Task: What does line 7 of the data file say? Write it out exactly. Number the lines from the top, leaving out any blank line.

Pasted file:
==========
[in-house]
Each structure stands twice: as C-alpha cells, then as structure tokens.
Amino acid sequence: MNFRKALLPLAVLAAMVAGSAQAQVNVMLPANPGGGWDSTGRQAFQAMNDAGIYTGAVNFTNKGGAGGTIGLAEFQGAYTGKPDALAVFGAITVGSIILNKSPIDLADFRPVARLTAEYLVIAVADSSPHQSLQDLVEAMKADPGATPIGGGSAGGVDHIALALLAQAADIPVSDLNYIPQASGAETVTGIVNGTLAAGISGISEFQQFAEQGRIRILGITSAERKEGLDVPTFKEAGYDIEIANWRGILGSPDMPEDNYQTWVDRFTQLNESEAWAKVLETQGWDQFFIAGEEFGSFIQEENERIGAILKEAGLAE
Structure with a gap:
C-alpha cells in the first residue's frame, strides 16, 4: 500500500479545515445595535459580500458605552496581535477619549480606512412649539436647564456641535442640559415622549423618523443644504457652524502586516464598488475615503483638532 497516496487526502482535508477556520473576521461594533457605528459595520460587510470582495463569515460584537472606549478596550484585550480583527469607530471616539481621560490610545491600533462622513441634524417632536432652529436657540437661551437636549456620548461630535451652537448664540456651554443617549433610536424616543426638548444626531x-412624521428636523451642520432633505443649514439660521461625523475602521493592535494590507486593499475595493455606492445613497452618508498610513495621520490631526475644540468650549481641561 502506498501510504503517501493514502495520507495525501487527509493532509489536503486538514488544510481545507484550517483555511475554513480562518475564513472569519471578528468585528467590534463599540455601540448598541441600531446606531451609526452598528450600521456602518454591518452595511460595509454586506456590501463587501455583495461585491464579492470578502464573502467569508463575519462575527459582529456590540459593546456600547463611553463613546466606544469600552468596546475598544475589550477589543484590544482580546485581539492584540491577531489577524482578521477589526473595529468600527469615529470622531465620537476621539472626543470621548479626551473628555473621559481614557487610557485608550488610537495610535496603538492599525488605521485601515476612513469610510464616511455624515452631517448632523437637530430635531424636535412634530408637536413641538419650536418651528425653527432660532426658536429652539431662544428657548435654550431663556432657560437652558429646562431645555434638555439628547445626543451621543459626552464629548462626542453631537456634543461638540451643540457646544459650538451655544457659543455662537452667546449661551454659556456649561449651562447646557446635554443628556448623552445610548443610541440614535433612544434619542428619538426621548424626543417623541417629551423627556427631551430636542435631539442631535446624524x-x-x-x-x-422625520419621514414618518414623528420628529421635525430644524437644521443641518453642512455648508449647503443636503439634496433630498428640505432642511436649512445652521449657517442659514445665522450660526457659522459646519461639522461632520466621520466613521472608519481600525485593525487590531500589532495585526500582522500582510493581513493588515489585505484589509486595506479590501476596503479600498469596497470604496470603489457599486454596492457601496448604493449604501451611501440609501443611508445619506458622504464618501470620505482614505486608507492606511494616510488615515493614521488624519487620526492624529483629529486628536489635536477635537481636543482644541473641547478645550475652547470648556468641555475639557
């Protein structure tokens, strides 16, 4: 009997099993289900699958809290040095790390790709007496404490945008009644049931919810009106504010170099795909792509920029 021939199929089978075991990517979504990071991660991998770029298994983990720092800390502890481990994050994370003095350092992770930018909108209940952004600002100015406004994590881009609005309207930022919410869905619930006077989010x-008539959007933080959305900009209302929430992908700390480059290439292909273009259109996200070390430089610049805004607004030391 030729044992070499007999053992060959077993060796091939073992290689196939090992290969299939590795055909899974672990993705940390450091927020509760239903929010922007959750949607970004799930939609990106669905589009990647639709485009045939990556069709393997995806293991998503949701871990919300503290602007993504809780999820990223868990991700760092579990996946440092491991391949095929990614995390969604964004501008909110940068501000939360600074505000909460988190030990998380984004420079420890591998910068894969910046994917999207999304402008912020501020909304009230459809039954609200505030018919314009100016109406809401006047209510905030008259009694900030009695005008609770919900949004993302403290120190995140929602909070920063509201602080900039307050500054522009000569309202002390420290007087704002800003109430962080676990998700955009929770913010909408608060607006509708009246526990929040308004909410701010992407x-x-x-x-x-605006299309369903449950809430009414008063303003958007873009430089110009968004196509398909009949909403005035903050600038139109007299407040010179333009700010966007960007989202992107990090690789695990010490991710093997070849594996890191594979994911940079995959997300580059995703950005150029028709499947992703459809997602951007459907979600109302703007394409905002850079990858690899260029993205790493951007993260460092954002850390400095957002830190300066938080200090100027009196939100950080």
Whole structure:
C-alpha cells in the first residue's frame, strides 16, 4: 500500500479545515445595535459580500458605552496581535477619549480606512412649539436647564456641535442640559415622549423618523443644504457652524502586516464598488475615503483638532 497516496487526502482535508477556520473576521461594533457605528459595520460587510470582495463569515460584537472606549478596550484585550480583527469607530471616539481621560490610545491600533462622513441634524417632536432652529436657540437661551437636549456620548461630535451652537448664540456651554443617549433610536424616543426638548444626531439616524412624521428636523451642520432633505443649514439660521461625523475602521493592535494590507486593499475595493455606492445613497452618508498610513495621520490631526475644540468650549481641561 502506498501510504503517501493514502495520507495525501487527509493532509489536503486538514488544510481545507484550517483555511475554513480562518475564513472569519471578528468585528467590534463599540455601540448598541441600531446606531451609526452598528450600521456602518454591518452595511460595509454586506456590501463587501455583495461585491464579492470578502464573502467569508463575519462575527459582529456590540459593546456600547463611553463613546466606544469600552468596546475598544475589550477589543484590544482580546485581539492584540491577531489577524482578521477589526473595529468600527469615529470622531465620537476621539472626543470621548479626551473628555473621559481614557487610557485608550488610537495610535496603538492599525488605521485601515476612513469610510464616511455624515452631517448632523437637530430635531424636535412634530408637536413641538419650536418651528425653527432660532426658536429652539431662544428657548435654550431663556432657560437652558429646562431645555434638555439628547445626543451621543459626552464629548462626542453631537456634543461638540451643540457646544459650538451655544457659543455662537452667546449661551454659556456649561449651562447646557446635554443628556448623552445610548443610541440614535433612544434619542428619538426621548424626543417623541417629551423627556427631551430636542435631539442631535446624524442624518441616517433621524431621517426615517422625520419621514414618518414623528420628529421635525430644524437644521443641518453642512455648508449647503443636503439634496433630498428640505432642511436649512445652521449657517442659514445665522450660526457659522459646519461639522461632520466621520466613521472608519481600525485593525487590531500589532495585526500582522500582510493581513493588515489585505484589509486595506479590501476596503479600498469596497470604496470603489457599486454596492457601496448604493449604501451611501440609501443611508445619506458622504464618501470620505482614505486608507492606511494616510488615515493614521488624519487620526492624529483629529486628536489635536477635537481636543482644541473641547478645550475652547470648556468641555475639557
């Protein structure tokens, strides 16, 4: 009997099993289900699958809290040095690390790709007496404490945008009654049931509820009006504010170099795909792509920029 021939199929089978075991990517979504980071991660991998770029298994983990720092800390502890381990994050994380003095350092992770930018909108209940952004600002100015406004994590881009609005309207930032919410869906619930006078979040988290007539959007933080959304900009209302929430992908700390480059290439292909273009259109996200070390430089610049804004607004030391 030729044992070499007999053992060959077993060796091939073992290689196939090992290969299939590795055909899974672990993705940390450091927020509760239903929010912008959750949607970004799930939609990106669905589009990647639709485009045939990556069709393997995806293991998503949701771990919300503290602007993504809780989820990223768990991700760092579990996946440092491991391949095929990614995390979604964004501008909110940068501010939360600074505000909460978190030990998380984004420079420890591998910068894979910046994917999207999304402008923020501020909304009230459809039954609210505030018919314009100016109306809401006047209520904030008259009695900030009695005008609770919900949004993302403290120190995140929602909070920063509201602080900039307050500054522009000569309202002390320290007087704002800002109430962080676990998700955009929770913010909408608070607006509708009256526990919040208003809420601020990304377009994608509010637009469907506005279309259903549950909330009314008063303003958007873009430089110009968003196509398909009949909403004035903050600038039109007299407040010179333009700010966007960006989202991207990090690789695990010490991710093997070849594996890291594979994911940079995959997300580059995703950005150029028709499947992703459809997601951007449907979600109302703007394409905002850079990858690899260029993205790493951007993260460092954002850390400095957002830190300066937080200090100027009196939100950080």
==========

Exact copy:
Whole structure: